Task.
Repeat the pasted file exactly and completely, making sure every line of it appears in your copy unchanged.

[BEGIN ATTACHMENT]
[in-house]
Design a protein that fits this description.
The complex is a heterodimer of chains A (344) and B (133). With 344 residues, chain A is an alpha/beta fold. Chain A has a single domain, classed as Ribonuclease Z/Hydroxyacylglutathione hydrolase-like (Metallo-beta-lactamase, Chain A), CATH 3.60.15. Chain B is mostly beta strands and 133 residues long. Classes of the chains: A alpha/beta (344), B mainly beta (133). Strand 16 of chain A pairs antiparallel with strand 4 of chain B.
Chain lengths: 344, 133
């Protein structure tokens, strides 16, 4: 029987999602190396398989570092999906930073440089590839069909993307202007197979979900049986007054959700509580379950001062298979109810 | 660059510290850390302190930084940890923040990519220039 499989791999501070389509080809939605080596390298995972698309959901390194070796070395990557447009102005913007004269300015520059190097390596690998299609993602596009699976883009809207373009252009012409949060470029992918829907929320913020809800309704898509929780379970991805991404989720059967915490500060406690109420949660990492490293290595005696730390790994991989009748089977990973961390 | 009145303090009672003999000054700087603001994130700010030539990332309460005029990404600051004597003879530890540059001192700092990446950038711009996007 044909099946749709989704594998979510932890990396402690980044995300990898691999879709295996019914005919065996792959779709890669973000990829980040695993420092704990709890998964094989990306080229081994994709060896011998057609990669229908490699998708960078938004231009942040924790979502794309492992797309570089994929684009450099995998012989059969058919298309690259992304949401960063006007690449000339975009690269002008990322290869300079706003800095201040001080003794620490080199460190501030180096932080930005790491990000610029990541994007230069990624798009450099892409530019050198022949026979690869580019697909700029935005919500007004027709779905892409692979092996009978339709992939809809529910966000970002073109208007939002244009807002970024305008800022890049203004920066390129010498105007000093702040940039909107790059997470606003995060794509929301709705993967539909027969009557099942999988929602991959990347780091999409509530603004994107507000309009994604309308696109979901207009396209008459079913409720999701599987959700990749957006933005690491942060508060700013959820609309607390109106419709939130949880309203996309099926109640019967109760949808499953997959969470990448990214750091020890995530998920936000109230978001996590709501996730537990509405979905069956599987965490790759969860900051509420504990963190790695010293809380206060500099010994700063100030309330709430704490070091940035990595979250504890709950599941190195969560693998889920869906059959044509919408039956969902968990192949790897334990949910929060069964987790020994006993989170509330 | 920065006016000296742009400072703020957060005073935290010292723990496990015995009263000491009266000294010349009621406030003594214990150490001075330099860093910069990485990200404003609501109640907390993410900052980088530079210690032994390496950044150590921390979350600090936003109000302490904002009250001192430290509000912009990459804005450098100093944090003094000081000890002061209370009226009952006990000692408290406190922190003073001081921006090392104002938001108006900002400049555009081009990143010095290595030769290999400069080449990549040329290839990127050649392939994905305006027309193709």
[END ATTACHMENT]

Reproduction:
[in-house]
Design a protein that fits this description.
The complex is a heterodimer of chains A (344) and B (133). With 344 residues, chain A is an alpha/beta fold. Chain A has a single domain, classed as Ribonuclease Z/Hydroxyacylglutathione hydrolase-like (Metallo-beta-lactamase, Chain A), CATH 3.60.15. Chain B is mostly beta strands and 133 residues long. Classes of the chains: A alpha/beta (344), B mainly beta (133). Strand 16 of chain A pairs antiparallel with strand 4 of chain B.
Chain lengths: 344, 133
């Protein structure tokens, strides 16, 4: 029987999602190396398989570092999906930073440089590839069909993307202007197979979900049986007054959700509580379950001062298979109810 | 660059510290850390302190930084940890923040990519220039 499989791999501070389509080809939605080596390298995972698309959901390194070796070395990557447009102005913007004269300015520059190097390596690998299609993602596009699976883009809207373009252009012409949060470029992918829907929320913020809800309704898509929780379970991805991404989720059967915490500060406690109420949660990492490293290595005696730390790994991989009748089977990973961390 | 009145303090009672003999000054700087603001994130700010030539990332309460005029990404600051004597003879530890540059001192700092990446950038711009996007 044909099946749709989704594998979510932890990396402690980044995300990898691999879709295996019914005919065996792959779709890669973000990829980040695993420092704990709890998964094989990306080229081994994709060896011998057609990669229908490699998708960078938004231009942040924790979502794309492992797309570089994929684009450099995998012989059969058919298309690259992304949401960063006007690449000339975009690269002008990322290869300079706003800095201040001080003794620490080199460190501030180096932080930005790491990000610029990541994007230069990624798009450099892409530019050198022949026979690869580019697909700029935005919500007004027709779905892409692979092996009978339709992939809809529910966000970002073109208007939002244009807002970024305008800022890049203004920066390129010498105007000093702040940039909107790059997470606003995060794509929301709705993967539909027969009557099942999988929602991959990347780091999409509530603004994107507000309009994604309308696109979901207009396209008459079913409720999701599987959700990749957006933005690491942060508060700013959820609309607390109106419709939130949880309203996309099926109640019967109760949808499953997959969470990448990214750091020890995530998920936000109230978001996590709501996730537990509405979905069956599987965490790759969860900051509420504990963190790695010293809380206060500099010994700063100030309330709430704490070091940035990595979250504890709950599941190195969560693998889920869906059959044509919408039956969902968990192949790897334990949910929060069964987790020994006993989170509330 | 920065006016000296742009400072703020957060005073935290010292723990496990015995009263000491009266000294010349009621406030003594214990150490001075330099860093910069990485990200404003609501109640907390993410900052980088530079210690032994390496950044150590921390979350600090936003109000302490904002009250001192430290509000912009990459804005450098100093944090003094000081000890002061209370009226009952006990000692408290406190922190003073001081921006090392104002938001108006900002400049555009081009990143010095290595030769290999400069080449990549040329290839990127050649392939994905305006027309193709």